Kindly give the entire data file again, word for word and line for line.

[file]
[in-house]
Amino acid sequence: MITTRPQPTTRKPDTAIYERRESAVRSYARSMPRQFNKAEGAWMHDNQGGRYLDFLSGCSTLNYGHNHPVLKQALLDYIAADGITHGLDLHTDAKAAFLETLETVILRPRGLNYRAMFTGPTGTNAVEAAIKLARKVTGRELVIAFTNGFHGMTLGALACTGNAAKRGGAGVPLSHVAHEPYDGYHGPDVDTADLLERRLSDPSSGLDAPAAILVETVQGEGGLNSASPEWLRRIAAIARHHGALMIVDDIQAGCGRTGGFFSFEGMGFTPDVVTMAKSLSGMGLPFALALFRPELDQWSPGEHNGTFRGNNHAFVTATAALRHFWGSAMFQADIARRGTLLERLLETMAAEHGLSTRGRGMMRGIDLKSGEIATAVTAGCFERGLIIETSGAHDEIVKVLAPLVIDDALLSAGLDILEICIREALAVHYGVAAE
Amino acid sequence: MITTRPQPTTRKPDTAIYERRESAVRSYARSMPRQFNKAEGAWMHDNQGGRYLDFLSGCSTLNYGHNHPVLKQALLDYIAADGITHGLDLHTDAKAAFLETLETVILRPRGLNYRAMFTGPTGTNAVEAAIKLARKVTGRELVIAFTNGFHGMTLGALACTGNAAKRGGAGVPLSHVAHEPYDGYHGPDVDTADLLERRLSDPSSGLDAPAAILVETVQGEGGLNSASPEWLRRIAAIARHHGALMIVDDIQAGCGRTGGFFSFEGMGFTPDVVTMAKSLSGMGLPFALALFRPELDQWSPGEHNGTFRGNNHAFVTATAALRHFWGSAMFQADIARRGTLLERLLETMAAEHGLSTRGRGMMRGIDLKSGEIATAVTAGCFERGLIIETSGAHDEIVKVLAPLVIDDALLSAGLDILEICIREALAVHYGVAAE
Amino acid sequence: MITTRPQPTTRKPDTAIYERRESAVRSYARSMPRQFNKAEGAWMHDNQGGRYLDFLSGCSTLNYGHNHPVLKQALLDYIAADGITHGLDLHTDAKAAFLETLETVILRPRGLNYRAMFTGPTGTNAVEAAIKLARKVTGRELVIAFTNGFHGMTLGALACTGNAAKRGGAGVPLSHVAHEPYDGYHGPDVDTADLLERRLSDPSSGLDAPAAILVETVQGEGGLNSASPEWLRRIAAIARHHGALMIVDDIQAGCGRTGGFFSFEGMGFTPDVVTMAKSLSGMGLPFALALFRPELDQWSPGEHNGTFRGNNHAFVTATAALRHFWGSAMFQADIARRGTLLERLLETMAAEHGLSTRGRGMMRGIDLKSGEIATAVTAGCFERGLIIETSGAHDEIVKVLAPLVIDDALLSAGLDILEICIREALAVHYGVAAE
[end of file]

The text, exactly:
[in-house]
Amino acid sequence: MITTRPQPTTRKPDTAIYERRESAVRSYARSMPRQFNKAEGAWMHDNQGGRYLDFLSGCSTLNYGHNHPVLKQALLDYIAADGITHGLDLHTDAKAAFLETLETVILRPRGLNYRAMFTGPTGTNAVEAAIKLARKVTGRELVIAFTNGFHGMTLGALACTGNAAKRGGAGVPLSHVAHEPYDGYHGPDVDTADLLERRLSDPSSGLDAPAAILVETVQGEGGLNSASPEWLRRIAAIARHHGALMIVDDIQAGCGRTGGFFSFEGMGFTPDVVTMAKSLSGMGLPFALALFRPELDQWSPGEHNGTFRGNNHAFVTATAALRHFWGSAMFQADIARRGTLLERLLETMAAEHGLSTRGRGMMRGIDLKSGEIATAVTAGCFERGLIIETSGAHDEIVKVLAPLVIDDALLSAGLDILEICIREALAVHYGVAAE
Amino acid sequence: MITTRPQPTTRKPDTAIYERRESAVRSYARSMPRQFNKAEGAWMHDNQGGRYLDFLSGCSTLNYGHNHPVLKQALLDYIAADGITHGLDLHTDAKAAFLETLETVILRPRGLNYRAMFTGPTGTNAVEAAIKLARKVTGRELVIAFTNGFHGMTLGALACTGNAAKRGGAGVPLSHVAHEPYDGYHGPDVDTADLLERRLSDPSSGLDAPAAILVETVQGEGGLNSASPEWLRRIAAIARHHGALMIVDDIQAGCGRTGGFFSFEGMGFTPDVVTMAKSLSGMGLPFALALFRPELDQWSPGEHNGTFRGNNHAFVTATAALRHFWGSAMFQADIARRGTLLERLLETMAAEHGLSTRGRGMMRGIDLKSGEIATAVTAGCFERGLIIETSGAHDEIVKVLAPLVIDDALLSAGLDILEICIREALAVHYGVAAE
Amino acid sequence: MITTRPQPTTRKPDTAIYERRESAVRSYARSMPRQFNKAEGAWMHDNQGGRYLDFLSGCSTLNYGHNHPVLKQALLDYIAADGITHGLDLHTDAKAAFLETLETVILRPRGLNYRAMFTGPTGTNAVEAAIKLARKVTGRELVIAFTNGFHGMTLGALACTGNAAKRGGAGVPLSHVAHEPYDGYHGPDVDTADLLERRLSDPSSGLDAPAAILVETVQGEGGLNSASPEWLRRIAAIARHHGALMIVDDIQAGCGRTGGFFSFEGMGFTPDVVTMAKSLSGMGLPFALALFRPELDQWSPGEHNGTFRGNNHAFVTATAALRHFWGSAMFQADIARRGTLLERLLETMAAEHGLSTRGRGMMRGIDLKSGEIATAVTAGCFERGLIIETSGAHDEIVKVLAPLVIDDALLSAGLDILEICIREALAVHYGVAAE